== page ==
I’m generating 1,000 to 1,500 points a month just by putting most of my recurring bills on two of these cards. First, there are business expenses I need to pay anyway, like hosting, e-mail newsletter services, internet, online advertising, cell phone service, and one-off jobs I book through Fiverr. They get charged to the card and then I pay them off. Then there are personal recurring expenses I do the same with: Spotify, Netflix, a language learning subscription, and Amazon Prime, for instance.
Then I put everything else sizable that I can on these if it won’t incur an additional fee: travel expenses, utilities, and insurance, for starters. We actually routed my daughter’s college education tuition payments through loyalty cards of my wife’s and she earned enough for a couple flights from it.
But wait, there’s more! Each of these loyalty programs has some kind of shopping mall. If you do online purchasing through there, you’ll earn double, triple, maybe 10X points per dollar on anything from ink cartridges to travel gear.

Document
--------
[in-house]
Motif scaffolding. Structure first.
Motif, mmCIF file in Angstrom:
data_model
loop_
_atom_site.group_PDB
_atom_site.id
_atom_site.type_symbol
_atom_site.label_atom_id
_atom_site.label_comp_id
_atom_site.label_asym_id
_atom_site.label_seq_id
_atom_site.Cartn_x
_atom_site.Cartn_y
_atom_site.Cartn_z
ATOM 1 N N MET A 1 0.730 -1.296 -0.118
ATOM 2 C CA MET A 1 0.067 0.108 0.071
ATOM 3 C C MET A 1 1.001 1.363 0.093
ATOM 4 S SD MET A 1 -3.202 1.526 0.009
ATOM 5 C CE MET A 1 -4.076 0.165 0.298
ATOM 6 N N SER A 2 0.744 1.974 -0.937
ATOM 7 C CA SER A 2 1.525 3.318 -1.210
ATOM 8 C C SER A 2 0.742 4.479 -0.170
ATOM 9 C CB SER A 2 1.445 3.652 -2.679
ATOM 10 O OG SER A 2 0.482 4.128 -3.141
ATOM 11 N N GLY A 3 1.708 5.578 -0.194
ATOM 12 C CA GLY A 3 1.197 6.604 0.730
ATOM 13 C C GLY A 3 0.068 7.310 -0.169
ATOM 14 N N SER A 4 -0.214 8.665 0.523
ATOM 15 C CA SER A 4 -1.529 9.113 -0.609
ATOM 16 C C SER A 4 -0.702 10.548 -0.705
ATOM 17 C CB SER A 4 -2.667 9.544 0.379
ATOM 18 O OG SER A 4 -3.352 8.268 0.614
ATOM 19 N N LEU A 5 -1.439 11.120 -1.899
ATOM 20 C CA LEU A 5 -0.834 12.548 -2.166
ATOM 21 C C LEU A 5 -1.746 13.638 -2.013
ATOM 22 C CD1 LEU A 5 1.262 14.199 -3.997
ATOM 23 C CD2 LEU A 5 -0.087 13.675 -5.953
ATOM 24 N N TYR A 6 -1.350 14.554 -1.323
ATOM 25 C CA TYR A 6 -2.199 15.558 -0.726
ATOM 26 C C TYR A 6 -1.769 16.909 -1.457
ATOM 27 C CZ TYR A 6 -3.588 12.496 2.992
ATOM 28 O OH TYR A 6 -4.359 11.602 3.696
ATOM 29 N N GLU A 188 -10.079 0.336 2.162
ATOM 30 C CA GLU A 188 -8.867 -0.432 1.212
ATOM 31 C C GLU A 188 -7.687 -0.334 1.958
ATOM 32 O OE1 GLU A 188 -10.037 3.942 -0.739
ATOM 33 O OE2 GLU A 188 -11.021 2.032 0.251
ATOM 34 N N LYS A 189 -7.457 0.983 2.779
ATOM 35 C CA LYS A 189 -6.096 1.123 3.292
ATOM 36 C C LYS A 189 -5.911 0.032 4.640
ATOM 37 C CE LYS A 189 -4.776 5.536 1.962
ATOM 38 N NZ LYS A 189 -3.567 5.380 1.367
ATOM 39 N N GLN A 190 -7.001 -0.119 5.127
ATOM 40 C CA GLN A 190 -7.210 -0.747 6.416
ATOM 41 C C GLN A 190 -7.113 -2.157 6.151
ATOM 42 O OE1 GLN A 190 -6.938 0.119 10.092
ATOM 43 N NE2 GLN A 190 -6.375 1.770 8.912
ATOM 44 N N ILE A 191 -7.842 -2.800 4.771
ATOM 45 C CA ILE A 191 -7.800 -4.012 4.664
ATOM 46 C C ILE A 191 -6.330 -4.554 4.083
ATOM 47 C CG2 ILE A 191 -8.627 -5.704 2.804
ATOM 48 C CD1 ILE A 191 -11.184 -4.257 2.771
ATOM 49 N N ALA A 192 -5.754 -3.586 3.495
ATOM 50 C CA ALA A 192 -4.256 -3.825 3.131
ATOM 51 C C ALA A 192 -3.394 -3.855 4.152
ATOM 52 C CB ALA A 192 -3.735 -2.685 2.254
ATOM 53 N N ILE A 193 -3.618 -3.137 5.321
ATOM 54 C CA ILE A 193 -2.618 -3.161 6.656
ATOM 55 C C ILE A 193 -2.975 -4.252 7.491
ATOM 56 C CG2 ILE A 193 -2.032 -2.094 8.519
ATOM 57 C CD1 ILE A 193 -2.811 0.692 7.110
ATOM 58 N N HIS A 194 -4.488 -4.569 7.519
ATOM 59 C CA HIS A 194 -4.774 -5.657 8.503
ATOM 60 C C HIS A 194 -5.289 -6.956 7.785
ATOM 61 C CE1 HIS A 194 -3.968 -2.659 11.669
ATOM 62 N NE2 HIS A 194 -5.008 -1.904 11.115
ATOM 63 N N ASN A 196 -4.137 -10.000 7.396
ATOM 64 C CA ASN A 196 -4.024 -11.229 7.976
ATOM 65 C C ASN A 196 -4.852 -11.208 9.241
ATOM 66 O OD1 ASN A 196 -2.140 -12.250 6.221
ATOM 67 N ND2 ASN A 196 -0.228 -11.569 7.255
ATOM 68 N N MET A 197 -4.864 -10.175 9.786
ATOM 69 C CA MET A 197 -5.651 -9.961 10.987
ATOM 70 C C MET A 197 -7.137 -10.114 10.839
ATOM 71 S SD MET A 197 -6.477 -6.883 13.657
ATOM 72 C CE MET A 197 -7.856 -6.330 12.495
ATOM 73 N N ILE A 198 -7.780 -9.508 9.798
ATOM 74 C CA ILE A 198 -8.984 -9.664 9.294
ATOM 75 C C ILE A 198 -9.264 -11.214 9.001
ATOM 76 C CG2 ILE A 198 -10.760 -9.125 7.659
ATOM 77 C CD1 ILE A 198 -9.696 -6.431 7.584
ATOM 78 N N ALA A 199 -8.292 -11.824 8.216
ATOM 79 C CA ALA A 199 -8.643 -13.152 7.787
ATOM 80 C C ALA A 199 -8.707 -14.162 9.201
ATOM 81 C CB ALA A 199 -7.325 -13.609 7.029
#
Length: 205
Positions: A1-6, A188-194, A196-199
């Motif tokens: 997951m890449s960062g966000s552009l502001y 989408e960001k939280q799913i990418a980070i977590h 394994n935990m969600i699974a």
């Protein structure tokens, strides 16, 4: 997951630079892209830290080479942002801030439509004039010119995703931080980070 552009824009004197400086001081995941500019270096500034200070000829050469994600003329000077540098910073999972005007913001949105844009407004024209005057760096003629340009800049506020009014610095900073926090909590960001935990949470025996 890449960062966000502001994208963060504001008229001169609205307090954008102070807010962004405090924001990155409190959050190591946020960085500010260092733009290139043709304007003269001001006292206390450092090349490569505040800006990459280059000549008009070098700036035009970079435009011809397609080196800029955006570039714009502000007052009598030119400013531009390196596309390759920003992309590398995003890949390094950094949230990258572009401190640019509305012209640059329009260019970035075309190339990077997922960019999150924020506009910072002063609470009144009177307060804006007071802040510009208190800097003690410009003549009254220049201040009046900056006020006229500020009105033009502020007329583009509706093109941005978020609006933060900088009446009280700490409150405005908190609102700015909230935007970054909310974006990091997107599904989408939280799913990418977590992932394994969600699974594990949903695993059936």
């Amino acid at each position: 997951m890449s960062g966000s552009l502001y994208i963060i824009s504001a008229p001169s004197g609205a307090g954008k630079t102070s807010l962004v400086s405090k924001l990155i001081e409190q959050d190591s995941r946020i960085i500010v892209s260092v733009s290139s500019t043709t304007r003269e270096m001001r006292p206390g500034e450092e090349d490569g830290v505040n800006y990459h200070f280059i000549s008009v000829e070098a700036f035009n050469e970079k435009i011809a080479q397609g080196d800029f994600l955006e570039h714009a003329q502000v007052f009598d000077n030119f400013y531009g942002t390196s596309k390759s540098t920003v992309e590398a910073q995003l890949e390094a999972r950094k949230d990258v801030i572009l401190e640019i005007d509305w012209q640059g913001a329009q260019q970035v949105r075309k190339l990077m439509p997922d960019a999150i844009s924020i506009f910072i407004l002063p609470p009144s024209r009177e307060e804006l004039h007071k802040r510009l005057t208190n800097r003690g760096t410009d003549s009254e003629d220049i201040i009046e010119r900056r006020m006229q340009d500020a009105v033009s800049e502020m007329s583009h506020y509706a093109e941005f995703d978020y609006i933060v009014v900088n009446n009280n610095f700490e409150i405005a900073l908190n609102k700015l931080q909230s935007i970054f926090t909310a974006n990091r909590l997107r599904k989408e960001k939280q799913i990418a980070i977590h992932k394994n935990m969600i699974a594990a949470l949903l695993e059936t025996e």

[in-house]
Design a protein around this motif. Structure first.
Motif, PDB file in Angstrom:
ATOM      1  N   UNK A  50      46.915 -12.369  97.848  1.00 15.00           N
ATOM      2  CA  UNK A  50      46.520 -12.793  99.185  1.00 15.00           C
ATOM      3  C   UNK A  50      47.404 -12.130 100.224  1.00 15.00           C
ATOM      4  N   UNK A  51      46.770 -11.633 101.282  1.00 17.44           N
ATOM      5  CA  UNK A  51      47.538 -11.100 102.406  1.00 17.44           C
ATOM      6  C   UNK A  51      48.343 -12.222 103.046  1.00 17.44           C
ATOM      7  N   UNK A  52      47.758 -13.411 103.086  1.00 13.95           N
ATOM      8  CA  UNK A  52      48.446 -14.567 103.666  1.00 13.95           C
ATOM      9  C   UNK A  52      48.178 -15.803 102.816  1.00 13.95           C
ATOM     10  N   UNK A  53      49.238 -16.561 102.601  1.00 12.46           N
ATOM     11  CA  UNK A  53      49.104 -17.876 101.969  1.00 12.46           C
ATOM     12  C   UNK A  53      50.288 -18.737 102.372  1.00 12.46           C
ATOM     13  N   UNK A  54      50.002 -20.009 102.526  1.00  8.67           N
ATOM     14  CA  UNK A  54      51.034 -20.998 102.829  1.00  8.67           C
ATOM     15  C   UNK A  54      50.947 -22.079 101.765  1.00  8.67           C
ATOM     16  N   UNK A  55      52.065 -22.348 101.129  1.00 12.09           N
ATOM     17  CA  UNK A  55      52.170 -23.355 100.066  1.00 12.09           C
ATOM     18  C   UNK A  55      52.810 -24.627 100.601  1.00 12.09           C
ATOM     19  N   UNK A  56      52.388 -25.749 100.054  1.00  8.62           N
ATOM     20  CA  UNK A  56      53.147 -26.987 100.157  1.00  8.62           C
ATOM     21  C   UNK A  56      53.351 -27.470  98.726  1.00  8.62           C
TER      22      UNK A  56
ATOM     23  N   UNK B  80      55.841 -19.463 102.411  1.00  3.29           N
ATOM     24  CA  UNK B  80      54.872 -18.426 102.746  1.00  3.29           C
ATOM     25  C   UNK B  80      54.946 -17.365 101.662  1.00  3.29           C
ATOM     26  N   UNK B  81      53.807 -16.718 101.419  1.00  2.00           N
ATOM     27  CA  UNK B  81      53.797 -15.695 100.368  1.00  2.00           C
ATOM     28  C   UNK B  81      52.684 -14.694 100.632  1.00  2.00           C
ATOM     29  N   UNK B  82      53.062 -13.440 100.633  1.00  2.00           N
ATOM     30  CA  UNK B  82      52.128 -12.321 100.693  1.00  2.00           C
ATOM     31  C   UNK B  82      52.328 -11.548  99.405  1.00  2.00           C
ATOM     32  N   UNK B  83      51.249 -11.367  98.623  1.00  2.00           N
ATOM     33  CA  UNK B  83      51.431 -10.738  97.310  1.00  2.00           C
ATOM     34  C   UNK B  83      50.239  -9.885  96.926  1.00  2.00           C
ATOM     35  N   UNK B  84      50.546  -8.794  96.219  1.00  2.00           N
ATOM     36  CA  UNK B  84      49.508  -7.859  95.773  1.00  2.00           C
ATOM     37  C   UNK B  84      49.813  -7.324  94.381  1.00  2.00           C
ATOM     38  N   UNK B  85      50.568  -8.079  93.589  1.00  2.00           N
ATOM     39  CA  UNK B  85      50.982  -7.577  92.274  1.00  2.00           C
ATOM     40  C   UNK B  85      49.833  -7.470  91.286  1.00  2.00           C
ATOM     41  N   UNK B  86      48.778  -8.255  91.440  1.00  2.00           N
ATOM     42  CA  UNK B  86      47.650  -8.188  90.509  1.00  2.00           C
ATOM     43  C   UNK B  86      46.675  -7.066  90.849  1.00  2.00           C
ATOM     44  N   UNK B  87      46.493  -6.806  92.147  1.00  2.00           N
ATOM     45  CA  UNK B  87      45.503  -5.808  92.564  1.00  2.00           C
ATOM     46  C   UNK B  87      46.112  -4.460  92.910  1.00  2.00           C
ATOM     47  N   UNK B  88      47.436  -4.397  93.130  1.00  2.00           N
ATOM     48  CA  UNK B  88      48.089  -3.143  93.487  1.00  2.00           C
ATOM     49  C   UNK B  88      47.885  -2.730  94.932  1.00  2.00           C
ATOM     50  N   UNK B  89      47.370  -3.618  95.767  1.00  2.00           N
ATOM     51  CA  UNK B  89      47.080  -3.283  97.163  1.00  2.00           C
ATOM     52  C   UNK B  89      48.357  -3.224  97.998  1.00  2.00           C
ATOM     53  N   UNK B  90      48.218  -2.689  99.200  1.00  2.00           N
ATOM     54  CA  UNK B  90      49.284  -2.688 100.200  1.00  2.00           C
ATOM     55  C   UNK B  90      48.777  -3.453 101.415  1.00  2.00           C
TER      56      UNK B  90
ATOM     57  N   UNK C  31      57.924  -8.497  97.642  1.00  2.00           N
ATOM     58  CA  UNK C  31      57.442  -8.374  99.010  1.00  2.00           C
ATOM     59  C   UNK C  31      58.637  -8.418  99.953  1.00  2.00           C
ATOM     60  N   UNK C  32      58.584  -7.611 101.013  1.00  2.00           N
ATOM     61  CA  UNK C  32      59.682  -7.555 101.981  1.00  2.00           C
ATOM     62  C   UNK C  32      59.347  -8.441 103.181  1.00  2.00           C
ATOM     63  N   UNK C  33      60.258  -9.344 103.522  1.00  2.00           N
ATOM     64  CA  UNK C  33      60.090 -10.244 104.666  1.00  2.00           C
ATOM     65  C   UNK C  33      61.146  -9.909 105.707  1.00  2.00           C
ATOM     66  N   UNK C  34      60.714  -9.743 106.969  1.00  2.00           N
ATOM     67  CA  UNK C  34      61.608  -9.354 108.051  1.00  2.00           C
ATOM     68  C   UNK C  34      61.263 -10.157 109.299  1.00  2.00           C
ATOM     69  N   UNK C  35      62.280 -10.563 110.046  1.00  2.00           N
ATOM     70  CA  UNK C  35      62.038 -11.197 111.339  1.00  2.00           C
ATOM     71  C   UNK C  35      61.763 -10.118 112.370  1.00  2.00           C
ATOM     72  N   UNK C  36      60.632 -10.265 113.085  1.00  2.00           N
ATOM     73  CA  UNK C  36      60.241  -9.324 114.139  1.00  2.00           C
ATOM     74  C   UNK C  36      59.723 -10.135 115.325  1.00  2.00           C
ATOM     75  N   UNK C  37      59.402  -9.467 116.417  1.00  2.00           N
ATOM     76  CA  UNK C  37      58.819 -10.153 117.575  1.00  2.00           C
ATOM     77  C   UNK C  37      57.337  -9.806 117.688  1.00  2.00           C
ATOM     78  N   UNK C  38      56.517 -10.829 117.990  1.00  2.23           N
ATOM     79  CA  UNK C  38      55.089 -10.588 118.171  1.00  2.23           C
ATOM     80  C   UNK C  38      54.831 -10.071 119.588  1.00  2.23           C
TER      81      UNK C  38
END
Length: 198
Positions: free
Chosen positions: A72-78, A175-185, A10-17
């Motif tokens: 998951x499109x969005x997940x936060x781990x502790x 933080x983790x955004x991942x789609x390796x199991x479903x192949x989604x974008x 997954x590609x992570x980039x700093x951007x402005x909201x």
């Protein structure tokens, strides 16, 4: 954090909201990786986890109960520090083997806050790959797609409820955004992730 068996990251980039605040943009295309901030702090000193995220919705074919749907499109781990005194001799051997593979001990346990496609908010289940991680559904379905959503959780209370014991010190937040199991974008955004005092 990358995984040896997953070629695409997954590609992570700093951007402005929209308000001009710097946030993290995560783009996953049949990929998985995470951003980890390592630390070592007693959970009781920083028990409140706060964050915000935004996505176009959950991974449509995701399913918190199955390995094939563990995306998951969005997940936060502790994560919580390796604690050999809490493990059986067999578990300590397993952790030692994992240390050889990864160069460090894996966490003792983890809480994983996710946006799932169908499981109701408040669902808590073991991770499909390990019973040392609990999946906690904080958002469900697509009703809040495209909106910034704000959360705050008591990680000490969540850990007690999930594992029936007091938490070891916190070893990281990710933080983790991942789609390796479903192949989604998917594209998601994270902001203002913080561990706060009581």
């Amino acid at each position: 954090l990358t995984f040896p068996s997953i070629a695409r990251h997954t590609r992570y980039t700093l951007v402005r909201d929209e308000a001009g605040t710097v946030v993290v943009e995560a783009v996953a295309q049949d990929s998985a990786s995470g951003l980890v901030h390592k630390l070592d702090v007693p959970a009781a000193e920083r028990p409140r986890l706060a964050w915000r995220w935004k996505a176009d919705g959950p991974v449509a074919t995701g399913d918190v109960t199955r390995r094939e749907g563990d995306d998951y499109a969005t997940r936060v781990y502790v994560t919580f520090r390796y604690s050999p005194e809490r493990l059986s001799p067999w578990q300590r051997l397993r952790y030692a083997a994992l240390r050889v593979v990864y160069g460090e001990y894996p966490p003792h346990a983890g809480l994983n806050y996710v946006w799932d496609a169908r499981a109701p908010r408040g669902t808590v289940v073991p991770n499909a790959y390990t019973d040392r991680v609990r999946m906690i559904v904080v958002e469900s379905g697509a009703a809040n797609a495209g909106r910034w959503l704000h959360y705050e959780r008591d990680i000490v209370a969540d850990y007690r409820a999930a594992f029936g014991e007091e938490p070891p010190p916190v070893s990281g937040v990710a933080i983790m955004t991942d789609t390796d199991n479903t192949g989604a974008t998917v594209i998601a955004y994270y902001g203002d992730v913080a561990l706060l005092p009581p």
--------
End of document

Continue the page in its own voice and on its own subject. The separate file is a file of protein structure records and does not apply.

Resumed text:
On top of that, many of them also have a dining program. Eat at participating restaurants, used the right credit card, and you’ll get 3X or 5X the points on top of what you’re already getting for the spending. Spend $100 on dining out and that could mean 600 points in your account—more than you get from an average flight these days.
Then there are also targeted promotions from the cards if you want to see the total go up even faster. Use the right card and get double points on gas, double points at grocery stores, or triple points at pharmacies.
So, if you’re dreaming of travel when this is all over but would rather do it without draining your savings, just adjust how you rack up and pay your bills. With just a little planning and bill shifting, you could be flying for free and checking into some free hotel rooms on your dream vacation next year!